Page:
Twin Cities literary scene opens new chapter

Minneapolis, St. Paul continue to be pioneers in bringing the written word to life.


Did you know the Twin Cities have one of the top literary scenes in the United States? Not too many people associate Minneapolis and St. Paul with the avant-garde. But they are right up there with New York, San Francisco and other creative and intellectual forces invested in literature, poetry and the book arts.

Even some locals remain in the dark about the literary prowess in our backyard. It's time to see the light about the arts as a vehicle for social betterment and appreciate the vibrant community of talented writers, diverse publishers, innovative educational programs, events and people that advance the written word here at home.

Start with Rain Taxi, a nonprofit literary organization based in Minneapolis. They have been publishing a quarterly magazine of book reviews since 1996. Led by Rain Taxi editor and executive director Eric Lorberer and art director Kelly Everding, this print journal is not your average look at fiction, nonfiction, poetry and comics. It produces 40-50 award-winning pages of adventurous literature every four months and is now distributed in 150 locations nationwide.

Their latest issue — Volume 27, No. 3, Fall 2022 (#107) — explores Icelandic sagas, composing in public, rap as literature, the indecent Patricia Highsmith, the undiscovered Baudelaire and more. They also have a corollary online edition with unique materials that connect readers to books of merit that might otherwise get overlooked. 

But Rain Taxi is much more than just a magazine. Rain Taxi organizes the Rain Taxi Reading Series and the annual Twin Cities Book Festival, which had its 22nd run on Oct. 15 at the Minnesota State Fairgrounds (if you didn't make it, check out the festival in 2023). They publish original creative works via chapbooks and broadsides, and, as a service to the local community, maintain the Twin Cities Literary Calendar with a list of literary events in our region.

In all its programs, Rain Taxi is committed to artistic diversity, cultural relevance and widespread access. They exist for readers, writers, publishers, booksellers, educators and kindred spirits of all shapes and sizes. The common bond is a desire to keep books flourishing in a digital world and distracted society. As poet Ron Silliman wrote, Rain Taxi understands small press titles are the "core and soul of American publishing."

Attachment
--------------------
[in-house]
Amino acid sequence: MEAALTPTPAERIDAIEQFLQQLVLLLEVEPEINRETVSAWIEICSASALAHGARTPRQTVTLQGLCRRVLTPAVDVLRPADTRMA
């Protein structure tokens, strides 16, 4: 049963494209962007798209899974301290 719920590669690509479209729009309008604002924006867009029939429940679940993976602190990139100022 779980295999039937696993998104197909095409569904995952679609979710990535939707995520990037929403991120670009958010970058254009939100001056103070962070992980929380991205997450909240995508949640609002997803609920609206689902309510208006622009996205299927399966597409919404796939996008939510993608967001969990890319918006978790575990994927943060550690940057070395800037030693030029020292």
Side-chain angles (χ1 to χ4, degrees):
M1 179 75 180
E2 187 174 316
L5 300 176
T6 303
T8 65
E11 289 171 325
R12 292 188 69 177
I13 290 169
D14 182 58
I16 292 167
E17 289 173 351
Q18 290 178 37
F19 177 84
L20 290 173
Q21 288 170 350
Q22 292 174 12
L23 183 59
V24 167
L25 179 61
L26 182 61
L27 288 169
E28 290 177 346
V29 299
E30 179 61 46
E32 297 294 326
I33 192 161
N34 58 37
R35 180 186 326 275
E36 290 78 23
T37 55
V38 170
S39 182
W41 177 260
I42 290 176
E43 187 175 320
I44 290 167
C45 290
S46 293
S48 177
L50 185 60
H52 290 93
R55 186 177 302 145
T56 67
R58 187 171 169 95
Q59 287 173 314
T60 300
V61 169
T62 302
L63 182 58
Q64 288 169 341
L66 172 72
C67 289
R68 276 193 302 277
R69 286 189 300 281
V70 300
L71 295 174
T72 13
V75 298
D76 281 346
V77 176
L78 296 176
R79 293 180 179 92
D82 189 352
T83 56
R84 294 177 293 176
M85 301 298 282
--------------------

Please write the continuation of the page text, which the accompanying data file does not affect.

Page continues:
"Of course, there's the aesthetic issue — the pleasure of holding actual paper — but there's also the social issue," Lorberer explained in "There's This Book You've Never Heard Of," a City Pages story, published on Oct. 24, 2001. "We want to reach readers from different segments of society, who might not have access to the internet." 

Thanks to the internet and the Wayback Machine, we can still read the story by City Pages, the Minneapolis-St. Paul alternative newspaper that launched in 1979 but was a casualty of the pandemic in 2020 after 41 years of operations.

The closing of City Pages is a reminder of the tenuous grip print publications can have in our age of technology. It's also a reminder there is a place for both digital and print. It doesn't have to be either/or. After surviving COVID and the digital revolution, Rain Taxi is proof that printed words still matter, and there continues to be a market to read them. This year's Twin Cities Book Festival brought together thousands of book lovers to support and celebrate the literary arts.

The opening reception for the book festival was held at Open Book, a Minneapolis literary arts center that opened in 2000 and is the biggest writers' building in the country. Open Book was co-created by Milkweed (an independent publisher), The Loft (a haven for readers and writers since 1974), and Minnesota Center for Book Arts (a visual arts center that celebrates the art of the book). All three of Open Book's founding partner organizations make the place home and a self-described "space for everyone." 

That inclusivity is the spirit of Minnesota's literary community, which also includes the Minnesota Prison Writing Workshop, a program founded in 2011 by Loft mentor Jennifer Bowen Hicks that now has over 25 instructors who have taught more than 200 creative writing classes to over 3,000 men and women in every adult state prison in Minnesota. Everyone is welcome to experience the joyful universe of words. Nobody is excluded. 

I joined the Rain Taxi board in September thanks to an invitation from fellow Rain Taxi board member Kris Bigalk, who founded and directs a groundbreaking creative writing program at Normandale Community College in Bloomington, Minnesota, the first of its kind in the country. 

One of her former students, also a former student in the Minnesota Prison Writing Workshop program, now works at Open Book and helped us with the book festival's opening reception. He also is a talented writer.

One more reminder that words connect us all. 

Want to support Rain Taxi and literary culture? Be a part of Rain Taxi's Give to the Max campaign from now until Nov. 17, or donate at any time of year.

Eric Ortiz lives in the Wedge with his family. When he’s not community building, he’s the director of media for Big Edition and writes bilingual children’s books with his kids. Their first book, “How the Zookalex Saved the Village,” is available in English and Spanish.


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